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Wed Aug 15, 2012, 04:50 PM

ECON 101: Tax cuts create a DIS-incentive to hire workers

How long have we been hearing about the "Job Creators" needing tax cuts in order to favor us with jobs. The natural instinct is to respond with "OK, where are the jobs?" That is a nice snarky response, but that leaves the issue open for Republicans to argue: a) the jobs were created -- you just didn't notice them, and b) we need even more tax cuts.

I rarely hear any Democrats addressing the basic premise, which is complete hogwash. It really isn't that complicated.

First of all, most of the discussions are about PERSONAL taxes, and that really has minimal bearing on job creation. But let's take the more general case of a company facing a decision whether to hire their next employee. Generally speaking, taxes do not even enter into that discussion, because companies hire the employees they need to conduct their business. They don't hire surplus employees when there is a favorable tax rate -- that would be socialism.

But let's look at the tax impact anyway. At the Federal level, and in almost every state, taxes are based on the net income (aka earnings). That is the amount of money you have left after you deduct the allowable business expenses.

Here is the key point. Wages and benefits are deductible expenses, so whenever you hire an additional employee, you automatically get a tax cut.

Now let's look at the effect of the tax rate. Let's consider two cases: one where the effective tax rate is 50% and one where the effective tax rate is 25%.

In the first case (50% tax) let's say the total cost of the next incremental employee (with benefits) is $100,000. You deduct $100,000 and that saves you $50,000 in taxes. The IRS is effectively paying for half the cost of that employee.

In the second case, you deduct $100,000, but this time you only save $25,000. The lower tax rate effectively RAISES the barrier to hiring new employees.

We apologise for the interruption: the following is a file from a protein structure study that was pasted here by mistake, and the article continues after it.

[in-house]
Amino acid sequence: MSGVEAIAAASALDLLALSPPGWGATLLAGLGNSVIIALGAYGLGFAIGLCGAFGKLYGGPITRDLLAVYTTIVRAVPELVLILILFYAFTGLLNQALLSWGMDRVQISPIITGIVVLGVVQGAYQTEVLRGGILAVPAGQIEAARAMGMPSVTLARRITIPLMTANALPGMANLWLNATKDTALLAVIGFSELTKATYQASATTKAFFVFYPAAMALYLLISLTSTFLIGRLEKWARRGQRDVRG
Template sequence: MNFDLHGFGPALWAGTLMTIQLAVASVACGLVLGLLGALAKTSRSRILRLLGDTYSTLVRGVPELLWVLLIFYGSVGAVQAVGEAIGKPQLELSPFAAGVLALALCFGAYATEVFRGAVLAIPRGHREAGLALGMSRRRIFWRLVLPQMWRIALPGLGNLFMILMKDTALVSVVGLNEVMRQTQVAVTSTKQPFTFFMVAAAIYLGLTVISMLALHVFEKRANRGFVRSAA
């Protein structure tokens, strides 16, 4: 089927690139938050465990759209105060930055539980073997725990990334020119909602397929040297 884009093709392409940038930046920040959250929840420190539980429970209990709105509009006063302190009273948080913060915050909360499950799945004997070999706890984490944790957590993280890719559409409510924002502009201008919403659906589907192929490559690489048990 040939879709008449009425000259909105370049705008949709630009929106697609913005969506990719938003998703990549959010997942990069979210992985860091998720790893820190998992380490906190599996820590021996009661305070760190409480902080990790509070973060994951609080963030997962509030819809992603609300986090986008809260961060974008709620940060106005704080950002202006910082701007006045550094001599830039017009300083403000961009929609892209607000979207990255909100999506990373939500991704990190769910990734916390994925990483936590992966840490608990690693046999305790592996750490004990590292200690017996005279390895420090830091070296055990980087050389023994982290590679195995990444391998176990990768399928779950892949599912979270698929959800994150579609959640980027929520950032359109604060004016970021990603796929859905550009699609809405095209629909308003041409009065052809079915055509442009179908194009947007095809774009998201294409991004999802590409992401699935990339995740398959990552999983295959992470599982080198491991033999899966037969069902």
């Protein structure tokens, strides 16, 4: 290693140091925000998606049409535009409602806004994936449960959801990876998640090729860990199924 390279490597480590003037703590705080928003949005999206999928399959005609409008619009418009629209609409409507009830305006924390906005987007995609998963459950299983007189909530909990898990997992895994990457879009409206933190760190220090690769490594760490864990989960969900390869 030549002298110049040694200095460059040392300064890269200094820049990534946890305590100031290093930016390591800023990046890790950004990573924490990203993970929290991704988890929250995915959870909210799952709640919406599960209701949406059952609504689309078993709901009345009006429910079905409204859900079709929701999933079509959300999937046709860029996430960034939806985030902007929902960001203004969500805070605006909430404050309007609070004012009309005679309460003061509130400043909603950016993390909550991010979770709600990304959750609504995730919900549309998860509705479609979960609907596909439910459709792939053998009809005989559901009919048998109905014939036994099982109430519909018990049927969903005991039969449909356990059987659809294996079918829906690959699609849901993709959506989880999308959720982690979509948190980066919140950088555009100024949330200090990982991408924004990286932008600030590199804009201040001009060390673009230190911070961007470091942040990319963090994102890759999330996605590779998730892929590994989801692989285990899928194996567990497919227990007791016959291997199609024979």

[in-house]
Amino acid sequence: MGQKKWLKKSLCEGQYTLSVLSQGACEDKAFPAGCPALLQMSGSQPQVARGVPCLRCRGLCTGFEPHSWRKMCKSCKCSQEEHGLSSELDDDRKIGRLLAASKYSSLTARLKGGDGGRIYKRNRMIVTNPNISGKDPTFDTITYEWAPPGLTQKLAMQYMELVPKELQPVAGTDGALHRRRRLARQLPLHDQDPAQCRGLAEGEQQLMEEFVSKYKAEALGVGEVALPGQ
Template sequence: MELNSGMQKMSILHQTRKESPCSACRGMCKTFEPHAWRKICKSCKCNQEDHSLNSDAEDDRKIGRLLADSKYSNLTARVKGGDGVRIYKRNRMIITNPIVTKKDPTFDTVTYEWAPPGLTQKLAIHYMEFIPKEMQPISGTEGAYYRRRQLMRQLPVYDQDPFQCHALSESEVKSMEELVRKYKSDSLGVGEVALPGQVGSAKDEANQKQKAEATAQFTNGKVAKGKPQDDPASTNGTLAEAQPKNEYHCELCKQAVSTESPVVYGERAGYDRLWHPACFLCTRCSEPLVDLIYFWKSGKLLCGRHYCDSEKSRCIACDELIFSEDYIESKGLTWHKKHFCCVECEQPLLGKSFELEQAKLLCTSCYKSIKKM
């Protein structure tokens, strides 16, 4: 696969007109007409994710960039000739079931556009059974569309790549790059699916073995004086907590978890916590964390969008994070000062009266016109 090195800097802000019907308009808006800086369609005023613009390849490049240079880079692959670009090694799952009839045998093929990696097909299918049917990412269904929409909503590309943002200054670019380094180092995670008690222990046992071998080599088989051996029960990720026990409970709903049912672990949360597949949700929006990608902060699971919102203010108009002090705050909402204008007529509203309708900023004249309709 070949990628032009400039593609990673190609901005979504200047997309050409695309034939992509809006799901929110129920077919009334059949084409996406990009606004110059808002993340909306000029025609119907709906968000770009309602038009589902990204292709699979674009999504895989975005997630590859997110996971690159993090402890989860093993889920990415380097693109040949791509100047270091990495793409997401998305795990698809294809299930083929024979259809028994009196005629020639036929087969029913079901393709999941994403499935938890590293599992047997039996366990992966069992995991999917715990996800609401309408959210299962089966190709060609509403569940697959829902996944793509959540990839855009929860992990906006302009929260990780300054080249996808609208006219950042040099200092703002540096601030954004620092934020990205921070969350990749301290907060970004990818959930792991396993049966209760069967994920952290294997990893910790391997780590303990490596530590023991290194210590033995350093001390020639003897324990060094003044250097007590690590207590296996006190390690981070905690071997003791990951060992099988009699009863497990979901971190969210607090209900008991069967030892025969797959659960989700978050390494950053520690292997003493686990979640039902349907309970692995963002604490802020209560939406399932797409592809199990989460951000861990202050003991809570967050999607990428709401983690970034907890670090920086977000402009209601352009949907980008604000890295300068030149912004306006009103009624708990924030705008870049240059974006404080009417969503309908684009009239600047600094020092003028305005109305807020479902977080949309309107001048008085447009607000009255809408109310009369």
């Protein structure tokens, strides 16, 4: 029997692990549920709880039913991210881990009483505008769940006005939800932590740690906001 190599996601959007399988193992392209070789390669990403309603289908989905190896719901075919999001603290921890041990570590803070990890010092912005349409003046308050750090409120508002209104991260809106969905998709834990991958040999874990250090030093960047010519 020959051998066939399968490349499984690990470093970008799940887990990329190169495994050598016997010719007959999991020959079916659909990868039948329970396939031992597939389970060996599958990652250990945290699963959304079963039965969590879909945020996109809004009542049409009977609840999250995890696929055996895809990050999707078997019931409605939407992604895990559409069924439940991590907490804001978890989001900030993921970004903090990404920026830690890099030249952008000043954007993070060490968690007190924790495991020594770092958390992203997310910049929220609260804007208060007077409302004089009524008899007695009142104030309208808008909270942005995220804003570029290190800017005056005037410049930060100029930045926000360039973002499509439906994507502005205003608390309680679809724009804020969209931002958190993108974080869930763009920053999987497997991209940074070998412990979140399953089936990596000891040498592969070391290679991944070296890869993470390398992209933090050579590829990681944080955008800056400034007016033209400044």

Let's look at the extreme case, where taxes are say, 90%. I'm not recommending that, but just using that as an example. In that case, a business has a huge incentive to continue to invest in the business (which creates deductible expenses) instead of taking money out of the business.

High tax rates favor business investment. Lower tax rates encourage owners to not invest, not hire, and to take money out of the business as fast as they can.

I sure wish just once somebody would explain this basic business principle in the MSM.

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Response to BlueStreak (Original post)

Wed Aug 15, 2012, 04:52 PM

1. Econ 101. I have been trying to explain this for years!

I've been accused of all kinds of things for putting this out there; oddly enough, socialist and Canadian seem to be insults.

Bloody hell.

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Response to PDJane (Reply #1)

Wed Aug 15, 2012, 05:00 PM

2. I've been trying to enlighten people with this wisdom for years as well.

I am now convinced that people who are politically behind the idea of tax breaks for the job creators are being willfully ignorant.

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Response to Ed Suspicious (Reply #2)

Wed Aug 15, 2012, 05:33 PM

3. The issue isn't the people fighting for the billionaires.

Their motives are transparent. Facts and reasoning are not part of the equation at all.

The issue is the Democrats who rarely respond effectively to this nonsense. And the issue is also the MSM that doesn't challenge the most basic concepts. Doesn't anybody study even the most rudimentary economics and business accounting any more?

Seriously, what do these people learn in college these days?

How to upload pictures to Facebook?